Whatever happens, meeting the one will always surprise you. But it’s not the actual meeting that’s the surprise. The surprise is the ease with which you two get together. You suddenly try to see each other as often as possible, and text without worrying about scaring them off, and have sex when it feels right, and become exclusive when that feels right. It all happens so easily that us coupled folks may look back and think we weren’t looking at the time. Because frankly, we didn’t know what we were looking for. Until you’ve been in an equitable, loving relationship, it’s hard to know what that feels like.
‘You have to love yourself before loving someone else’
Y’all. I love myself. I’ve been feelin’ myself for a looooong time. I’m a generally centered, confident lady. Of course I still look in the mirror woefully poking my ‘stomach pooch,’ and I sometimes still worry what people think. But my insecurity has always been that I was the best and no one noticed. So, I loved myself the whooooole time I was single. And look where that got me?! What I would say would be valuable is the same thing I say for any goal, dream, or ambition. Get happy NOW. Thinking that a relationship, or that promotion, or that fancy pair of shoes is going to single handedly make you happy is, I’m sorry to say… not true. I met Adam, the love of my life, we very quickly fell in love, and suddenly all of my romantic anxieties vanished… and reappeared in other parts of my life! You can’t escape them! Nothing external will solve a problem. So, no, the secret isn’t loving yourself. The secret is enjoying your life now. Especially if you’re single. For all you know, you may fall in love with a man who hates dancing like I did. So enjoy it while you can! And have fun dancing alone because you might be doing it alone forever thanks to the wet blanket you just fell in love with. I kid, I kid. But truly, what do you do that excites you? What makes you happy? Not only will you magically be happier, but you’ll also be an interesting AF person to date. And in case your future love doesn’t have similar interests, you can enjoy them by yourself anyway. And if your life is already full and happy and you know you don’t need a relationship, it would just be a cherry on top of a beautiful life sundae… then let me say, I don’t know when this person is coming, but DANG they’re gonna love the crap out of you.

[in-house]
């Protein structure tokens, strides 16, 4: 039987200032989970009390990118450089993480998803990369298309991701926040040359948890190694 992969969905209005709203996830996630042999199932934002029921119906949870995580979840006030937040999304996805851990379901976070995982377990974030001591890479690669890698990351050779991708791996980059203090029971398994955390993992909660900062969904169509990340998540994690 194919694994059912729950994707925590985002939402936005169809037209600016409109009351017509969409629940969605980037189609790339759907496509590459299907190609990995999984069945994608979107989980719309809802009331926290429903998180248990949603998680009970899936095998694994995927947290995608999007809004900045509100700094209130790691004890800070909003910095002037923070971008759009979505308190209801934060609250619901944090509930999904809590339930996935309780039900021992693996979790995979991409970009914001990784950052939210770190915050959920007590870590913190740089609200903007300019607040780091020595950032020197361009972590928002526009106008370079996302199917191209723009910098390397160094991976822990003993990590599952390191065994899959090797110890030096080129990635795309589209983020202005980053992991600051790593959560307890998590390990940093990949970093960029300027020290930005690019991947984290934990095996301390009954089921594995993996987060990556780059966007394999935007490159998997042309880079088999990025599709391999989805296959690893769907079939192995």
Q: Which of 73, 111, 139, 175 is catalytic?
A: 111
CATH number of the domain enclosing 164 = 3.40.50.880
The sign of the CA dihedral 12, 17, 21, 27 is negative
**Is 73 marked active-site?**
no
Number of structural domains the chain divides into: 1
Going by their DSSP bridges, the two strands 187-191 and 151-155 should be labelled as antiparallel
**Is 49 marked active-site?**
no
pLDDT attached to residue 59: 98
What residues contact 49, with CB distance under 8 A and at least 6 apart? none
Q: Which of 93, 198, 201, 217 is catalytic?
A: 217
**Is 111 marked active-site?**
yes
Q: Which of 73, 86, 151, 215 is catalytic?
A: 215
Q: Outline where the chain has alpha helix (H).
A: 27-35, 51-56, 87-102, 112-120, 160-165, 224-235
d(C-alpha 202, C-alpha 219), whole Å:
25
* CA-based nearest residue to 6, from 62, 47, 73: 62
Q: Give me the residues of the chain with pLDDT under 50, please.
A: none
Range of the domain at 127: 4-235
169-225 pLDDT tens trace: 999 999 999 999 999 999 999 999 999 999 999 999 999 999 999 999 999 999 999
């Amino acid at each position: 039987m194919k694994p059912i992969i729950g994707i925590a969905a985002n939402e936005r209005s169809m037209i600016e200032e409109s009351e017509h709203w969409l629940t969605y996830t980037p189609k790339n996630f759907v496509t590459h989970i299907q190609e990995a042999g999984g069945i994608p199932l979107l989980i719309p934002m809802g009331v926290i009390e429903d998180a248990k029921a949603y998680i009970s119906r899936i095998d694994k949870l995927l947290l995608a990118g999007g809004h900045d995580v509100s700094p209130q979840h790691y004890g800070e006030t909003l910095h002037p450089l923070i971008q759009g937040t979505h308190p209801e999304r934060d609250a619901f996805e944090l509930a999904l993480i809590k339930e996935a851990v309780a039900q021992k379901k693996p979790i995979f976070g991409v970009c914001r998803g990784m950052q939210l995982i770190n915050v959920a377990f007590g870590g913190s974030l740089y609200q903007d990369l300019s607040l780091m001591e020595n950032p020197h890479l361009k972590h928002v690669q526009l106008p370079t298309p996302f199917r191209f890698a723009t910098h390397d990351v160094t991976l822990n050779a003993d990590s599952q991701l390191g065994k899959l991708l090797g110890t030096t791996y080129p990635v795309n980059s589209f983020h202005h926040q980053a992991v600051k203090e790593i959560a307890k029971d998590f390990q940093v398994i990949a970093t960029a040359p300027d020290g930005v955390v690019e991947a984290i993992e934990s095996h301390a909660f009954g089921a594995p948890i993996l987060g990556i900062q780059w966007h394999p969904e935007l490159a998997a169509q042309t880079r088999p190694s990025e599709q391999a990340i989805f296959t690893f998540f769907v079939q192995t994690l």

‘When you meet the love of your life, you’ll KNOW.’
This is half true. Like I’ve said before, dating ‘The One’ or a good partner for you is easy. It should be easy. I’m not referring to external obstacles like living in different cities or having opposite schedules. I’m saying it should feel easy in spite of that. When I met Adam, he told me that very night that he travels a lot and I’d have to be okay with that. He was leaving for a three week contract in nine days. We saw each other six out of those nine days, and by the end he had already initiated a conversation about exclusivity. He was on a cruise ship with terrible service for three weeks, and we still managed to stay in contact every day. That is the ‘easy’ I’m referring to. Any games or withholding from either of you as a way to ‘win’ the other person is a bad sign. I have never had any doubts in my relationship about how this man felt about me. He made it clear, and he still makes it clear every day. He’s not insane about it. We aren’t hopelessly addicted to each other. But each step of our relationship has felt easy and inevitable. And I personally think that should be the bar.